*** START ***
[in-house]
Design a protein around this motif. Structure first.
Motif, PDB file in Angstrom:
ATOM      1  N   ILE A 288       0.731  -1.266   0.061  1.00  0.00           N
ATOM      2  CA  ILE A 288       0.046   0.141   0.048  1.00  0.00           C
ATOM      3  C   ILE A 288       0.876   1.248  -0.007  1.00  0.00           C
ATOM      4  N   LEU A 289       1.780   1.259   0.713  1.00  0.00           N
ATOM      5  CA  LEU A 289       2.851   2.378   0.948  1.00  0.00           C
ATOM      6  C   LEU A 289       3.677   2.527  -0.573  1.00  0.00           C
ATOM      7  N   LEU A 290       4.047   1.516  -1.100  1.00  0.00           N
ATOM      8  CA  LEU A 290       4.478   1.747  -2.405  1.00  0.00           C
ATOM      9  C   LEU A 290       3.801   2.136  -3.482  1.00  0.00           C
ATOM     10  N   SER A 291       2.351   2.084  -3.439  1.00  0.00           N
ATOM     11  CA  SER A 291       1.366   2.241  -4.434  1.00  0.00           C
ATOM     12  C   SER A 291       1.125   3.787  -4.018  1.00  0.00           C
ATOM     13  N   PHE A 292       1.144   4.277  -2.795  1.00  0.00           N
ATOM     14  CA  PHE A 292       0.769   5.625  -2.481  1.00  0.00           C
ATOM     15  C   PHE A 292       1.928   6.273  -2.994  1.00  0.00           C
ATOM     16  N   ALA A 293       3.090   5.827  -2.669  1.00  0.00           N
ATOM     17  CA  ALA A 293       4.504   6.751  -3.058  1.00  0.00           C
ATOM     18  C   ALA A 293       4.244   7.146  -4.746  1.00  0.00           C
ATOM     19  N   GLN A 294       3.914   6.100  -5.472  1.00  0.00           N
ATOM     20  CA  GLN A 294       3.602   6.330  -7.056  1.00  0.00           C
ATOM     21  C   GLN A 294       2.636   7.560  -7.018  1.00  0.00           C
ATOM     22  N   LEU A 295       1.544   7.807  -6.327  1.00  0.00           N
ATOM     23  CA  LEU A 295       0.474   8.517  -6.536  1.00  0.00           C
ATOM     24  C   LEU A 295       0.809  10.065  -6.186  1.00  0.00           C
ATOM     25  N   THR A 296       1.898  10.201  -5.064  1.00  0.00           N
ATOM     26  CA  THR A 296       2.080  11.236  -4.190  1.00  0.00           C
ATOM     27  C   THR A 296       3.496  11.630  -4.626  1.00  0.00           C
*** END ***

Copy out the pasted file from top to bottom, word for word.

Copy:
[in-house]
Design a protein around this motif. Structure first.
Motif, PDB file in Angstrom:
ATOM      1  N   ILE A 288       0.731  -1.266   0.061  1.00  0.00           N
ATOM      2  CA  ILE A 288       0.046   0.141   0.048  1.00  0.00           C
ATOM      3  C   ILE A 288       0.876   1.248  -0.007  1.00  0.00           C
ATOM      4  N   LEU A 289       1.780   1.259   0.713  1.00  0.00           N
ATOM      5  CA  LEU A 289       2.851   2.378   0.948  1.00  0.00           C
ATOM      6  C   LEU A 289       3.677   2.527  -0.573  1.00  0.00           C
ATOM      7  N   LEU A 290       4.047   1.516  -1.100  1.00  0.00           N
ATOM      8  CA  LEU A 290       4.478   1.747  -2.405  1.00  0.00           C
ATOM      9  C   LEU A 290       3.801   2.136  -3.482  1.00  0.00           C
ATOM     10  N   SER A 291       2.351   2.084  -3.439  1.00  0.00           N
ATOM     11  CA  SER A 291       1.366   2.241  -4.434  1.00  0.00           C
ATOM     12  C   SER A 291       1.125   3.787  -4.018  1.00  0.00           C
ATOM     13  N   PHE A 292       1.144   4.277  -2.795  1.00  0.00           N
ATOM     14  CA  PHE A 292       0.769   5.625  -2.481  1.00  0.00           C
ATOM     15  C   PHE A 292       1.928   6.273  -2.994  1.00  0.00           C
ATOM     16  N   ALA A 293       3.090   5.827  -2.669  1.00  0.00           N
ATOM     17  CA  ALA A 293       4.504   6.751  -3.058  1.00  0.00           C
ATOM     18  C   ALA A 293       4.244   7.146  -4.746  1.00  0.00           C
ATOM     19  N   GLN A 294       3.914   6.100  -5.472  1.00  0.00           N
ATOM     20  CA  GLN A 294       3.602   6.330  -7.056  1.00  0.00           C
ATOM     21  C   GLN A 294       2.636   7.560  -7.018  1.00  0.00           C
ATOM     22  N   LEU A 295       1.544   7.807  -6.327  1.00  0.00           N
ATOM     23  CA  LEU A 295       0.474   8.517  -6.536  1.00  0.00           C
ATOM     24  C   LEU A 295       0.809  10.065  -6.186  1.00  0.00           C
ATOM     25  N   THR A 296       1.898  10.201  -5.064  1.00  0.00           N
ATOM     26  CA  THR A 296       2.080  11.236  -4.190  1.00  0.00           C
ATOM     27  C   THR A 296       3.496  11.630  -4.626  1.00  0.00           C